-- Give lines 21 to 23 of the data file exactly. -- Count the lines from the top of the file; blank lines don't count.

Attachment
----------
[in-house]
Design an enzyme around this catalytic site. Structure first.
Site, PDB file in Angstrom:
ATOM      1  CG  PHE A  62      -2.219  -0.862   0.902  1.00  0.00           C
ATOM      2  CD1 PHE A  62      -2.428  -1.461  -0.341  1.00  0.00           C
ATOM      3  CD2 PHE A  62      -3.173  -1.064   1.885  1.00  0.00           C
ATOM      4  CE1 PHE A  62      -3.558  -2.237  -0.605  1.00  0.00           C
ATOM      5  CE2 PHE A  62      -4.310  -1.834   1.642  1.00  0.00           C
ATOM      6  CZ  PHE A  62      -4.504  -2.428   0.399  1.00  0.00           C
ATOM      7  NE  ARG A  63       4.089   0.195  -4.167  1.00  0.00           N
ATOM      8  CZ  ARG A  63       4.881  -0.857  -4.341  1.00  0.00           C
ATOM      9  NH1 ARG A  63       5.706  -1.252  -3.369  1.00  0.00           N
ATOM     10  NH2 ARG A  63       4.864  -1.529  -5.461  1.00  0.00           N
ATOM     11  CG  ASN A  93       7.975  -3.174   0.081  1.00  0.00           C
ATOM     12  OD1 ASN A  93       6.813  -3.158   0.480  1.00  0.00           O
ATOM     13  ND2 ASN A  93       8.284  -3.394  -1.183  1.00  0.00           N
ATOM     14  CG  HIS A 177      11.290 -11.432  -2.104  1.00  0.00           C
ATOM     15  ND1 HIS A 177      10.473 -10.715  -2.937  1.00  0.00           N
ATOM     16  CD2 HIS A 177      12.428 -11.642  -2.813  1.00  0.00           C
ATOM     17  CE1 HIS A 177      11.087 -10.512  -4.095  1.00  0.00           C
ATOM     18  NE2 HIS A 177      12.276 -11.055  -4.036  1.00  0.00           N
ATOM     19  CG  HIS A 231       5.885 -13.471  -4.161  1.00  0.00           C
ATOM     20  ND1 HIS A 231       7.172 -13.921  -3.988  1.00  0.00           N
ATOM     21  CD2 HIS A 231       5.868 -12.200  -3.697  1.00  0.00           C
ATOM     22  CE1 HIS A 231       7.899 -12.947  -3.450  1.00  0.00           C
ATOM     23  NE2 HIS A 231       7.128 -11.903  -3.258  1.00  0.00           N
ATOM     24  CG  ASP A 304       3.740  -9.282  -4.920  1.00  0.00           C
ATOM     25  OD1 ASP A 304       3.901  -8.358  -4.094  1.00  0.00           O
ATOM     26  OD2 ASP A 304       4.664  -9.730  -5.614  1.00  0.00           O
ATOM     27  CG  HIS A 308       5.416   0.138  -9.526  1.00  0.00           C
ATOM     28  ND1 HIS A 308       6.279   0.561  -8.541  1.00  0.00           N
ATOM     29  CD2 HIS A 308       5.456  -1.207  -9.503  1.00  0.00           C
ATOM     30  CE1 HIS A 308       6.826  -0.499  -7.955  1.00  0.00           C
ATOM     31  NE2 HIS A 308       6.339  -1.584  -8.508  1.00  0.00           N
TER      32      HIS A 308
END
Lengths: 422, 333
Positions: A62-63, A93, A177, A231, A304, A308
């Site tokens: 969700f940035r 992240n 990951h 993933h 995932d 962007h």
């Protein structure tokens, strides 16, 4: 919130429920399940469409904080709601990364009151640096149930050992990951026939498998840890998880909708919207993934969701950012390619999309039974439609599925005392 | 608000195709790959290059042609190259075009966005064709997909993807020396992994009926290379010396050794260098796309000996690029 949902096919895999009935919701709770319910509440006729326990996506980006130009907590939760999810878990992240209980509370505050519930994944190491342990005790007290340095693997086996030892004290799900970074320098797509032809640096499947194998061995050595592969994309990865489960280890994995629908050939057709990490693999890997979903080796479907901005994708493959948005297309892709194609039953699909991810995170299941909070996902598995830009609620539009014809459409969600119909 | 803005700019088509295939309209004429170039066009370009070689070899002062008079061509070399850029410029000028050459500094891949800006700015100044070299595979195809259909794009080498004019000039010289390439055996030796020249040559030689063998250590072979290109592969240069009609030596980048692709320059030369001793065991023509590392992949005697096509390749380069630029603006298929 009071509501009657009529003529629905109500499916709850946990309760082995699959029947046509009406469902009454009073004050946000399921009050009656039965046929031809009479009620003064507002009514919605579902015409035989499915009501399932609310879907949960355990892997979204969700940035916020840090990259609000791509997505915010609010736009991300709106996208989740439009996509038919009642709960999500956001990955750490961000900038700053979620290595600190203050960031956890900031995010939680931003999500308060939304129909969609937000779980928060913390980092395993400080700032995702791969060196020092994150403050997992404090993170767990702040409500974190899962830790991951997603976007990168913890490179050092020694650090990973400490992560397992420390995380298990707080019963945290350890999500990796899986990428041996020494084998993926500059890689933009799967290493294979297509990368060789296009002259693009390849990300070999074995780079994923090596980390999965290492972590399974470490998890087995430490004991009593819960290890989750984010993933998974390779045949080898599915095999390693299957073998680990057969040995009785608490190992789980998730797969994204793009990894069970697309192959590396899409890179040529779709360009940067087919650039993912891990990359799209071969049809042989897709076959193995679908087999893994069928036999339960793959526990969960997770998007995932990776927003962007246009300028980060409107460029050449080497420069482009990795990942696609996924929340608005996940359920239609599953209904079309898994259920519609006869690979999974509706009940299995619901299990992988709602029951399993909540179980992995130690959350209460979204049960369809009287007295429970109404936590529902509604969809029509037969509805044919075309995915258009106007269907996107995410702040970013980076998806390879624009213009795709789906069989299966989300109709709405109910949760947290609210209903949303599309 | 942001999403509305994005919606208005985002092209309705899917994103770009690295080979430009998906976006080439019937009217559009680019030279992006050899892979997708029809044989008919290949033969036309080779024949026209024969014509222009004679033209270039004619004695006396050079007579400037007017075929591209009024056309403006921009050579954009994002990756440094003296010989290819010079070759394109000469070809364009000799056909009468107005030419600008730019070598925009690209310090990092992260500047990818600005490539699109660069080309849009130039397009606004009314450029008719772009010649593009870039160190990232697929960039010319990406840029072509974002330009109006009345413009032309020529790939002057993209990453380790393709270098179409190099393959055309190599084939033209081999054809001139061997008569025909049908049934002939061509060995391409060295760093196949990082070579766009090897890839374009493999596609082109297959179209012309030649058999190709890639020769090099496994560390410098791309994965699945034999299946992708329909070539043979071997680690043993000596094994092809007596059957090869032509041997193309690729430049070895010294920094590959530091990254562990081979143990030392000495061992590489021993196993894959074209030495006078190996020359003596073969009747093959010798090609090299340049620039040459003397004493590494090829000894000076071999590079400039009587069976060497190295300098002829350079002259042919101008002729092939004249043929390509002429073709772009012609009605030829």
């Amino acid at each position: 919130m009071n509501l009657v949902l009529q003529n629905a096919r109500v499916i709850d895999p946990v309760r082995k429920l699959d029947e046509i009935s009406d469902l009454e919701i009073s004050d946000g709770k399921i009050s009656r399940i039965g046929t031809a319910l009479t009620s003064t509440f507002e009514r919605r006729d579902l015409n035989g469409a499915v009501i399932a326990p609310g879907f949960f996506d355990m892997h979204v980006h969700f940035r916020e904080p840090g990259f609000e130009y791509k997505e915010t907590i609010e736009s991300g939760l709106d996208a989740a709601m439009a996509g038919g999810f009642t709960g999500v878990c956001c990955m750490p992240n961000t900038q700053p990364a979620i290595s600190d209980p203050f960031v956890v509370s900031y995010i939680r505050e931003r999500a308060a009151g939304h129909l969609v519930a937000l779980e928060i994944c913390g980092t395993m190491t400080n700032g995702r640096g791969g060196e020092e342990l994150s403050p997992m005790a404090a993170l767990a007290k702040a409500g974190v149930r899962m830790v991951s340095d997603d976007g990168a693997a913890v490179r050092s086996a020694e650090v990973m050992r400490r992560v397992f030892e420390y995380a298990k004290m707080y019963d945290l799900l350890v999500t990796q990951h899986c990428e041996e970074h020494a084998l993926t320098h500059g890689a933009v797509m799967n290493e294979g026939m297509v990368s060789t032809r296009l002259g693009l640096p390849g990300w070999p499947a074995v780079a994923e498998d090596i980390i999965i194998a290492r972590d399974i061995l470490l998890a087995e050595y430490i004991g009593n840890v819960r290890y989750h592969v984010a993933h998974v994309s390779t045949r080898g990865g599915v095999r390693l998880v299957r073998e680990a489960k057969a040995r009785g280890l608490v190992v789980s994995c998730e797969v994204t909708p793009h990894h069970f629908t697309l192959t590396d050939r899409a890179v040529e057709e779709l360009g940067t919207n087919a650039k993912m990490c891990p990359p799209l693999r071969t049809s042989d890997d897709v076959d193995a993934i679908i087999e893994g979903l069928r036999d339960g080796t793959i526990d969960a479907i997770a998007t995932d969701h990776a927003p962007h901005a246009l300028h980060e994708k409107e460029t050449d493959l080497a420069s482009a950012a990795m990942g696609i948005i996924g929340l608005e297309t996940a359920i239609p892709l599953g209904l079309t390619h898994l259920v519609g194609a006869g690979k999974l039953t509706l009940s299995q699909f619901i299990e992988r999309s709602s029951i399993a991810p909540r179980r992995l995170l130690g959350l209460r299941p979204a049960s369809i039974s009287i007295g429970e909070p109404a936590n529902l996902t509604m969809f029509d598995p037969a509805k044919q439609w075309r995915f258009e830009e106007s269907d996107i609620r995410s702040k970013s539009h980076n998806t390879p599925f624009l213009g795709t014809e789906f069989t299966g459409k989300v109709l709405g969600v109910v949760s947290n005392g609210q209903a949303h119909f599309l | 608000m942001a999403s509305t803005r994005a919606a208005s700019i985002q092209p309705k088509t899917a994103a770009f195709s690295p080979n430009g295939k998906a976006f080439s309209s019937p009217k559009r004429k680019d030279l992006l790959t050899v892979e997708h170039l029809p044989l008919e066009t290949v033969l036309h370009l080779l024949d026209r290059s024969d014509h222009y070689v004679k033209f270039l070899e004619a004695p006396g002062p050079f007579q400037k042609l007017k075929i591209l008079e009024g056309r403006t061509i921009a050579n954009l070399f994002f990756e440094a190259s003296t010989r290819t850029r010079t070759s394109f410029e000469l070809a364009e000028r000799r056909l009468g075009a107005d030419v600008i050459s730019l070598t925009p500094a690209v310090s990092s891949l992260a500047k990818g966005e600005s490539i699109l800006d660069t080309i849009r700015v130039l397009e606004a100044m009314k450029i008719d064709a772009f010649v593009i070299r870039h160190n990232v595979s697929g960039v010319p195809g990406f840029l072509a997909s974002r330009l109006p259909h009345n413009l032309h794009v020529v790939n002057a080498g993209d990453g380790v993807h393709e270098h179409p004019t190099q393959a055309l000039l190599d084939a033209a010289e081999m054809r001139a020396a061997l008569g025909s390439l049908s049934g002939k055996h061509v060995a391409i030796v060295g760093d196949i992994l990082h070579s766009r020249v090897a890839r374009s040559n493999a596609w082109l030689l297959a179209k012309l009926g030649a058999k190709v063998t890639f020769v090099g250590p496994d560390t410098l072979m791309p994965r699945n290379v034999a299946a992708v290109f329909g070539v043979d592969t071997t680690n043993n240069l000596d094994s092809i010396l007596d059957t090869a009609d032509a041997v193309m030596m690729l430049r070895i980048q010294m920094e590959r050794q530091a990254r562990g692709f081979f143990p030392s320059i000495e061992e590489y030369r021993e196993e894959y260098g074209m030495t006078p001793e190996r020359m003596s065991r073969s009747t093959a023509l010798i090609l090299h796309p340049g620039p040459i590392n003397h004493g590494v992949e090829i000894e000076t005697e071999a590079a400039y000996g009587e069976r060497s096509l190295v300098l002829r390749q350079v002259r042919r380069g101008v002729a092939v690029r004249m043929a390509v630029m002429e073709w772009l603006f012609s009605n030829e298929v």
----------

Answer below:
ATOM     18  NE2 HIS A 177      12.276 -11.055  -4.036  1.00  0.00           N
ATOM     19  CG  HIS A 231       5.885 -13.471  -4.161  1.00  0.00           C
ATOM     20  ND1 HIS A 231       7.172 -13.921  -3.988  1.00  0.00           N